This was somebody who, if you looked at their resume, you would have expected that they’d have been beyond that because they had enough time in the business.
But sometimes I also think time in the business might be against us. Because if you started out back in the day when it was all about keywords and that was the focus and you never moved on from that, then you’re definitely getting left behind.
I think people need to understand that the opportunity in SEO, and with the way that Google has evolved and changed, it really is an opportunity to be more creative.
When we talk about content especially, to understand that the best content is content that is going to resonate and make sense to a reader. That’s never something that has a bunch of keywords in it.
You don’t actually have to stuff your content with keywords anymore.
Talk about topics, talk like a real person.
Write your content the way writers write stories.
What do you think about link building?
MR: I have the world’s most unpopular opinion on link building.
Everybody says “links still matter” because they can produce all of this in “data” demonstrating without really understanding fundamentally all of the other things that play within Google’s very sophisticated algorithm.
I think that link building is something that should happen rather naturally. I think it really is more of an exercise in outreach and PR.
There are a lot of agencies doing really fantastic work in this because what they’re doing is they are developing really great content.
Then they are promoting that content to the right outlets with the right audiences and getting links that way.
But they don’t focus on links as a number. They focus on the quality of traffic, those links are going to generate.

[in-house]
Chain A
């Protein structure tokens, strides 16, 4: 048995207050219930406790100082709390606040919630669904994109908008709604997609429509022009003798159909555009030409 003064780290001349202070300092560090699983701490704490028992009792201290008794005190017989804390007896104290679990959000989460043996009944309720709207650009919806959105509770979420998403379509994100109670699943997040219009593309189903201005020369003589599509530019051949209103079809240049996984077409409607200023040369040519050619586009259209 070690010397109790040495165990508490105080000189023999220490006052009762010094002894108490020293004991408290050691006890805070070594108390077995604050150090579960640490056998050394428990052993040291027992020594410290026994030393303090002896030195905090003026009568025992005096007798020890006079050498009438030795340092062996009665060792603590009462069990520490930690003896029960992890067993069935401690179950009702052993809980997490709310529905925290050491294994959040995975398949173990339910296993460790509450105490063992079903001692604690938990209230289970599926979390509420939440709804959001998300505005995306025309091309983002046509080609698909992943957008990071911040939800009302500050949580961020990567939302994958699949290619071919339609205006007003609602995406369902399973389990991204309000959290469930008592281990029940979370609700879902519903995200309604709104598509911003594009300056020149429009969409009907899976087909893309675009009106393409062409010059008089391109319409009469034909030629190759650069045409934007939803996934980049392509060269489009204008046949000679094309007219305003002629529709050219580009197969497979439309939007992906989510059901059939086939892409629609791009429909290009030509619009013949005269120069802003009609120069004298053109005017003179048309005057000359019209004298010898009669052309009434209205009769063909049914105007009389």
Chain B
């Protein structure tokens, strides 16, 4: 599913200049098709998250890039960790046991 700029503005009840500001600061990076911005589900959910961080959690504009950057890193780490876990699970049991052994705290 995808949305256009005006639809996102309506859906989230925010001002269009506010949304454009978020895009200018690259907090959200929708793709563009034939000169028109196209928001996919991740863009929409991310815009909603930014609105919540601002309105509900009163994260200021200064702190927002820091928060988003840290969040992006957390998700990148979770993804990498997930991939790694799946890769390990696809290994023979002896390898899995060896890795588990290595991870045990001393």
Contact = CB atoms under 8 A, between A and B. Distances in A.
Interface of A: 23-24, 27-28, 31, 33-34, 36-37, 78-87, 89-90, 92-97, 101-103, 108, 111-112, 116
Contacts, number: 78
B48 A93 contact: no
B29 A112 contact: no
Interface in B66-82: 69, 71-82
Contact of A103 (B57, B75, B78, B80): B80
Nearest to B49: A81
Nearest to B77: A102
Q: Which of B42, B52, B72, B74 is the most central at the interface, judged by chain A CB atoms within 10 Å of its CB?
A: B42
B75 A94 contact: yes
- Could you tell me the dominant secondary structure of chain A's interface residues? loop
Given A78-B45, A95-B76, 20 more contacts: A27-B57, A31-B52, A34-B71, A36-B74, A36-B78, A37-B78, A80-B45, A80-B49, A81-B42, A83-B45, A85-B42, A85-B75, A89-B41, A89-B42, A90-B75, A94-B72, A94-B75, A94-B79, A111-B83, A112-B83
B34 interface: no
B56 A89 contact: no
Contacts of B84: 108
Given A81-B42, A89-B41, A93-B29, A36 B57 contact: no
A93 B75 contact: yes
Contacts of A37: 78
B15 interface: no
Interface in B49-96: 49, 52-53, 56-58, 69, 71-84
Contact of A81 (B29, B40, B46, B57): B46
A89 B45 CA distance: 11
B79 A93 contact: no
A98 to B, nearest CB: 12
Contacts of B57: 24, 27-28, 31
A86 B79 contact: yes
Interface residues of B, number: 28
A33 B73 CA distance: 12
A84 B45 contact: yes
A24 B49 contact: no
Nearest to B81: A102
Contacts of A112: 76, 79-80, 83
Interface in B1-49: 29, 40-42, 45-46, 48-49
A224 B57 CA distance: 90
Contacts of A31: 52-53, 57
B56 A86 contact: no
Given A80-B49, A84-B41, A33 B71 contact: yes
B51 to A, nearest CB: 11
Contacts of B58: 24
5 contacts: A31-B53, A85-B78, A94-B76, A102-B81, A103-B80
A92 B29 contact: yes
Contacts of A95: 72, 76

I think they’re two different disciplines. I think one is really just PR.
When we talk about link building, we’re really talking about promoting great content.
If you’re thinking about it in terms of how many links can I acquire regardless of the quality of those links, then you’re doing it badly. I believe Google can sniff that out, and I don’t think that’s a good long-term strategy.
On producing content…
MR: The key is creating valuable content. I know people hate to hear that, that because the challenge with it is, good content’s hard.
When you have something to write about, when you have a unique perspective to share, when you’ve got some valuable information to share, that’s when you should write.
Think about the frequency that Bill Slawski writes. He writes when he has something good to write about. It shows because he’s able to really dig deep on a topic, he’s able to provide a lot of really great information.
I think that’s the frequency that people should aim for, and that’s the kind of content that ultimately will get discovered, will get shared, and will win the day in the long run.
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Featured Image: Paulo Bobita